September prices for basic commodities predicted to pick up

Experts are convinced the prices of essential commodities that make up the inflation basket are likely to go up this month owing to an increase in fuel prices.

 According to an economist at the Economic Association of Namibia, Klaus Schade, fuel price increases alone contribute almost 9% to the overall inflation rate.

He added that fuel price increases have a direct impact on transportation costs and overtime on the costs of other products that have to be transported.

“Furthermore, the depreciation of the Namibian dollar against other currencies such as the US dollar and Chinese Yuan will push up prices for other imported products in the coming months,” said the economist. 

 The rate at which prices of basic commodities increase on an annual basis eased slightly from 4.5% in July to 4.4% in August 2018 but dropped by one percentage from 5.4% in August 2017.

However, it is the second highest inflation rate so far this year only exceeded by price increases in July.

On a month-to-month basis, inflation slowed down from 0.5% in July to 0.03% in August.

Contrary to the overall inflation rate, the inflation rate for goods was 1.2 percentage points higher than in August 2017 (3.4%).
Prices for services increased at the slowest pace not only for this year but since December 2015.

The inflation rate for services stood at 4.1% in August 2018, almost half of the inflation rate in August 2017 (8.1%).
Services account for 42.3% of the consumption basket and goods for 57.7%.

Food price inflation slowed down from 3.2% in July to 2.7% in August 2018 and remained below food price inflation in August 2017 of 4.6%.

Price increases for bread and cereals accelerated in August compared to July to 2.6% from 1.5% resulting in the second strongest price increase this year.

It is in part caused by the base effect, since prices dropped by 0.5% in August 2017 and hence prices have increased from a low level.

Although meat prices rose faster (6.0%) in August than in July 2018 (5.1%), prices increased at a slower pace than during the first half of this year.

These two categories account for almost 51% of the whole food basket and therefore strongly influence the overall food inflation. However, the price increases in these two categories were levelled out by lower prices for milk and dairy products as well as for sugar, jam etc.

Prices for milk dropped by 2.7% compared to August 2017, which is the most substantial price decline since April 2011.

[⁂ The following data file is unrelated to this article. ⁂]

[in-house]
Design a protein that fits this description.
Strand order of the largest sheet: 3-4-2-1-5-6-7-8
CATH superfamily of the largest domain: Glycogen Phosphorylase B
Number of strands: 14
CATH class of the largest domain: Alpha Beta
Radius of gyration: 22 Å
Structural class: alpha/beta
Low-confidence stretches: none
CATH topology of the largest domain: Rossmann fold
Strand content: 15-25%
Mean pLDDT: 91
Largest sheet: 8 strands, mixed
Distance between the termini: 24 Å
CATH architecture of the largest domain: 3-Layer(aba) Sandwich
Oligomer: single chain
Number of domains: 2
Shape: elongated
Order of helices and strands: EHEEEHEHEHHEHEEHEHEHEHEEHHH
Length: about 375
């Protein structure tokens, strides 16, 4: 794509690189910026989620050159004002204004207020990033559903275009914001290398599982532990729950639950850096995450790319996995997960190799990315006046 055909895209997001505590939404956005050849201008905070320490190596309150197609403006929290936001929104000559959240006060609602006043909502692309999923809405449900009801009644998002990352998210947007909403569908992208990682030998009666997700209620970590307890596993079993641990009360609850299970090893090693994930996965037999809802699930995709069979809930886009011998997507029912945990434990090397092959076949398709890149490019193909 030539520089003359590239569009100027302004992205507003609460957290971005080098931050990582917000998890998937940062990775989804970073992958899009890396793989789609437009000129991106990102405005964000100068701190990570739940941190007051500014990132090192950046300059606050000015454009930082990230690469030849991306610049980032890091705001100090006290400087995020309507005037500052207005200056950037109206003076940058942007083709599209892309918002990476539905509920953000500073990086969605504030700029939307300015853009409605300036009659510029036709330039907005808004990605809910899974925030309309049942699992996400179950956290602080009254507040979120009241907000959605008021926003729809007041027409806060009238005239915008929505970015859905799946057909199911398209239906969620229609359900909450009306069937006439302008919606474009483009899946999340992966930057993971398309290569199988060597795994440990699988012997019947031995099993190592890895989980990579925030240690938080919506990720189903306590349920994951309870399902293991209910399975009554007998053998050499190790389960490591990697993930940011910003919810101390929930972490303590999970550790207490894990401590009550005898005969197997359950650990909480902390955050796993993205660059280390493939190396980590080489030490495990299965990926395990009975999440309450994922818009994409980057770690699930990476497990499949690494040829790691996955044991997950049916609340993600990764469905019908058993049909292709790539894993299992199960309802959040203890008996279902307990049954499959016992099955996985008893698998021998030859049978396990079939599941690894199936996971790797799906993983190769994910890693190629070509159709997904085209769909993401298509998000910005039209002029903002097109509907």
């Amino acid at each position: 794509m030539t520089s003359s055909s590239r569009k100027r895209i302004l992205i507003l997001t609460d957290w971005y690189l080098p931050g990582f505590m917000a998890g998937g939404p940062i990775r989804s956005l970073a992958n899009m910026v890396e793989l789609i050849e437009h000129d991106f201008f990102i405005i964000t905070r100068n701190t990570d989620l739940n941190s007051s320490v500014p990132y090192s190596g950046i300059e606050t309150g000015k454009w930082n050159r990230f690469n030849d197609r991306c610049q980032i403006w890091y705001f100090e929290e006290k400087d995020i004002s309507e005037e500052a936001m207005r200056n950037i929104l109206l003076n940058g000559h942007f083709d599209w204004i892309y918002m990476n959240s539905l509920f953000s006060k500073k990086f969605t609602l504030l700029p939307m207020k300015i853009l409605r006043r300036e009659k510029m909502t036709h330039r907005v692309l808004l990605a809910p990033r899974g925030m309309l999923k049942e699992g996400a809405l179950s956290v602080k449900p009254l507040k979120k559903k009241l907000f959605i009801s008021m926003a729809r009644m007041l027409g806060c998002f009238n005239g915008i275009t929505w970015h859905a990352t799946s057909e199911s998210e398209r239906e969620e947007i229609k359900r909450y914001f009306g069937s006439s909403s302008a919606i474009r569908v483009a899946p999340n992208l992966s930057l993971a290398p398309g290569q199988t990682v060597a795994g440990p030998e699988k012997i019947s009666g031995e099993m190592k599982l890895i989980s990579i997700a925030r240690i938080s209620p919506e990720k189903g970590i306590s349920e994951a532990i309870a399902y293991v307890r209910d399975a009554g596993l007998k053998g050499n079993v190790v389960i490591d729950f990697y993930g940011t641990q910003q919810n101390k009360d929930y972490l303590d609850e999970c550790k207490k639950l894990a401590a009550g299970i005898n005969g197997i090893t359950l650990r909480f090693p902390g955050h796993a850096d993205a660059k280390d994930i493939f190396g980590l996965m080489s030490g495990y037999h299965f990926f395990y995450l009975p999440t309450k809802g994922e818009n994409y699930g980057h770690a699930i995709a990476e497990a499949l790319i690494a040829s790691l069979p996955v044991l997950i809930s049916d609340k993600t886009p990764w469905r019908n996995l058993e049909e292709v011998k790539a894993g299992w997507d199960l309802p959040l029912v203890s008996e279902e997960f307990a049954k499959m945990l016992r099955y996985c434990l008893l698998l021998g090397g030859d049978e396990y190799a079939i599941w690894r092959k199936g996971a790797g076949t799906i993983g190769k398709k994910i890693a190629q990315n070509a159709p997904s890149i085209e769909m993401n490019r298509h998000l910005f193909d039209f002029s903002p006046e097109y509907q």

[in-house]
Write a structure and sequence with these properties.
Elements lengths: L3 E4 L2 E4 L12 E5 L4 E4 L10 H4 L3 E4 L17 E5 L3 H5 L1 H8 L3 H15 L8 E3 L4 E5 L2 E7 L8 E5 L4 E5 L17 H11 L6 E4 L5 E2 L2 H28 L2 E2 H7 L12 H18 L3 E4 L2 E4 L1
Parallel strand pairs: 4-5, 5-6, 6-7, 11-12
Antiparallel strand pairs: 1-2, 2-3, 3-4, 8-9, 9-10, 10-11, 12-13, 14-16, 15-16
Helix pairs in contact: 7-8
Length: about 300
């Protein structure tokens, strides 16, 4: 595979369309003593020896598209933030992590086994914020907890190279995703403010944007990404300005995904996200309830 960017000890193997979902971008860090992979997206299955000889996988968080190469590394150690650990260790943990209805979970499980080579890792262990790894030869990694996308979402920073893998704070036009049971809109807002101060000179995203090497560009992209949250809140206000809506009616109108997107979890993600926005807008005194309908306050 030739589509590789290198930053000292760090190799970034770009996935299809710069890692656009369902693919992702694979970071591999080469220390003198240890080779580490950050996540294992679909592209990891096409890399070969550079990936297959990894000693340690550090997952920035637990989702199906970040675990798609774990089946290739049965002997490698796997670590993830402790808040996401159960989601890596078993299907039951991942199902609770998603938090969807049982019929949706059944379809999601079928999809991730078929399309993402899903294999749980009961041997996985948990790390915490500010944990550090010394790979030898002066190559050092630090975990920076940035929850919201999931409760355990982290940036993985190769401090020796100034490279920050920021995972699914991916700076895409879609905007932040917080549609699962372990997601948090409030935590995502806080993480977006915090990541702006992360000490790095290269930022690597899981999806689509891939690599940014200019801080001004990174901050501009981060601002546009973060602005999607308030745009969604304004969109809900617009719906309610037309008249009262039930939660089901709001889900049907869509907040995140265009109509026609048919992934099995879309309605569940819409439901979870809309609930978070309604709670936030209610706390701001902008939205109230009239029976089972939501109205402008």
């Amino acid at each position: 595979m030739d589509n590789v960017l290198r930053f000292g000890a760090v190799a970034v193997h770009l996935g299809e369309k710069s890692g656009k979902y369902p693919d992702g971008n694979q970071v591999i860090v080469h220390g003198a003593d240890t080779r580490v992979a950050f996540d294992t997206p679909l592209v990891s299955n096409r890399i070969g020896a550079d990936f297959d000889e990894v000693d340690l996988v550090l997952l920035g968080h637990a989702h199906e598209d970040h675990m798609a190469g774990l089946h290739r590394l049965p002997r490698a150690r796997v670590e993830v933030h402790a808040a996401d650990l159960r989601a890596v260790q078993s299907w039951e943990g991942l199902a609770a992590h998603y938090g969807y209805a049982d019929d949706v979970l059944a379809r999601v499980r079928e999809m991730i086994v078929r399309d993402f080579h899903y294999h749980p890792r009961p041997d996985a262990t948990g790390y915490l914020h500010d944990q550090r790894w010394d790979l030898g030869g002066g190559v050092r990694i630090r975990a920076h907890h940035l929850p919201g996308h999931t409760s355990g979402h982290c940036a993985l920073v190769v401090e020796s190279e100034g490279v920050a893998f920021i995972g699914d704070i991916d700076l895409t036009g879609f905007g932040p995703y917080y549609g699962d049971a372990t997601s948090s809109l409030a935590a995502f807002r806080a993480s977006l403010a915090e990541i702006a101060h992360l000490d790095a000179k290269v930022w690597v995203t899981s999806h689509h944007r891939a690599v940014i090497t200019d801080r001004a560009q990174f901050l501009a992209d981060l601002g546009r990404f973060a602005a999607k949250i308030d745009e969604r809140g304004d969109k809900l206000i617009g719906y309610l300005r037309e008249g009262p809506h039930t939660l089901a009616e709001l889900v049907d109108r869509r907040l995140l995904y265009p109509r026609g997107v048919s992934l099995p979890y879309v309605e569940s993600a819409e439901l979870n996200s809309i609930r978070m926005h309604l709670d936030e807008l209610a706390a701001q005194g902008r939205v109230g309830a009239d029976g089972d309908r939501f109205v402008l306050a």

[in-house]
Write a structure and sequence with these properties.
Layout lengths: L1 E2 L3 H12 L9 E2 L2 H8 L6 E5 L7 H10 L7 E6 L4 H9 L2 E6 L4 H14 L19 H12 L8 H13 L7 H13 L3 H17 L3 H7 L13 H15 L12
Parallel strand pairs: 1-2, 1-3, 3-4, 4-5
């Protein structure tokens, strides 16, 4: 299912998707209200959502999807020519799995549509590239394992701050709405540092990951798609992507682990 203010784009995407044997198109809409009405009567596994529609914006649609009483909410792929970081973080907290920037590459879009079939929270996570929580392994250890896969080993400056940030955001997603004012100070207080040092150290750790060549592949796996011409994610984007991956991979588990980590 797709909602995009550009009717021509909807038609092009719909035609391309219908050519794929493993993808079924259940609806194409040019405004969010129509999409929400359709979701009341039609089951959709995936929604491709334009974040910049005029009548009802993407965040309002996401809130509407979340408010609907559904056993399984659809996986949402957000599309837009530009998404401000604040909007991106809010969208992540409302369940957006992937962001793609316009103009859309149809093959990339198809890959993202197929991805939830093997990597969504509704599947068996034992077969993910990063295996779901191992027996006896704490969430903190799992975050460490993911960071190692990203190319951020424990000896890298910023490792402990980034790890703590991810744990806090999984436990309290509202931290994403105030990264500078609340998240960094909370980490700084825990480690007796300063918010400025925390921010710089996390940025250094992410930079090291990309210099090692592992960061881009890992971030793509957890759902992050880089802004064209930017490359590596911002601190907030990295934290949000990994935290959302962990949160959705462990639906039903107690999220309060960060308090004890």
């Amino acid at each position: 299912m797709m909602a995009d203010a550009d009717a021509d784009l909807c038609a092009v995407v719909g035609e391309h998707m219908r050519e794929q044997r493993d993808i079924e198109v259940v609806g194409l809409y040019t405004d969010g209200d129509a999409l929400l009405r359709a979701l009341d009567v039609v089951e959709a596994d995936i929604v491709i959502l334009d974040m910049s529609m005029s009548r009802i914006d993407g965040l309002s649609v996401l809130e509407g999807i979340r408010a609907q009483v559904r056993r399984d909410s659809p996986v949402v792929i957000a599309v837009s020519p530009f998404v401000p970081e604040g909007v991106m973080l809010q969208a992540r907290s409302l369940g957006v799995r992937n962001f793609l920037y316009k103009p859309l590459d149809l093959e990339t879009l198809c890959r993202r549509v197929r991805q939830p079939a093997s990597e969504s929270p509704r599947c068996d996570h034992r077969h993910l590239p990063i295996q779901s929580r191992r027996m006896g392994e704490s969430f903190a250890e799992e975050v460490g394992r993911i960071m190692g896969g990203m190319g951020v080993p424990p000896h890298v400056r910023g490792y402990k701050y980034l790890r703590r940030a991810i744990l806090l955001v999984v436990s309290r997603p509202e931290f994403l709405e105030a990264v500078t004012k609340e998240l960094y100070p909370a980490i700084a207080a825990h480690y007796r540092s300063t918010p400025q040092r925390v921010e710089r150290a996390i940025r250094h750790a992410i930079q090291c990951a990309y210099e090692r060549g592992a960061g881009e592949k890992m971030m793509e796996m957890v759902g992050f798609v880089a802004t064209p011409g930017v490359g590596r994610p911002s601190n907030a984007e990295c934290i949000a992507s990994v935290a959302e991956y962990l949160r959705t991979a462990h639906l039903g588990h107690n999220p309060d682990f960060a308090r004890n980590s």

Prices for sugar etc. declined by 1.9% in August compared to a decline of 0.6% in July.

Fruit prices increased (7.9%), but at a slower pace than in July (12.7%), like prices for vegetables that rose by 6.0%, which was below the inflation rate for vegetables in July (8.0%) and June (6.1%).
These four categories account for some 26% of the food consumption basket.

Price increases for alcohol and tobacco slowed down during August to 5.4% from 6.8% in July caused by lower price increases for alcoholic beverages (5.8% in August compared to 7.5% in July), while price for tobacco products rose faster in August (3.8%) than in the previous month (3.6%).

 Prices for housing, water and electricity rose at the fastest pace so far this year (4.4%), because of a substantial increase in the cost of electricity, gas etc.

Electricity prices went up by 13.2% in August – the most substantial increase since more than five years.
In June 2013, electricity prices rose by 16.6%.

The inflation rate for the maintenance of dwellings was slightly below that of the previous month (3.4% compared to 3.6% in July), while costs of water supply and sewerage went up slightly stronger in August (6.2%) than in July (6.1%).

Transport inflation has continued its upward trajectory accelerating to 9.7% in August from 8.9% in July.
It is the fastest increase since more than four years. In June 2014, prices for transport rose by 10.7%.
The fuel price increase was the main driver for the higher transport inflation.

Fuel prices are the major item in the category ‘operation of transport equipment’ that accounts for almost two-thirds of the transport inflation.
Prices increased by 12.6% in August after an increase of 11.8% in July, the most substantial increase since six years (September 2013: 13.0%).

Despite taxi fare increases for Windhoek, the inflation rate for public transport services (1.7%) was lower than over the preceding six months. In contrast, vehicle prices accelerated at the fastest rate (7.9%) since April 2017 (8.2%).

Prices for clothing and footwear remained on a downward trend (-5.2%) and dropped even faster than in July (-5.0%) extending the period of actual price declines to a full year.
 Prices for children’s clothing dropped by double-digit figures (10.9%).

Prices for communication were also lower in August 2018 (-1.4%) than in August 2017.
  Price increases for health services remained the lowest since May 2015.

The inflation rate for this category was recorded at 5.1% in August; the same as in July. In contrast, costs for education are up by 9.9% compared to August 2017, driven by double-digit price increases for primary and secondary education (14.6%).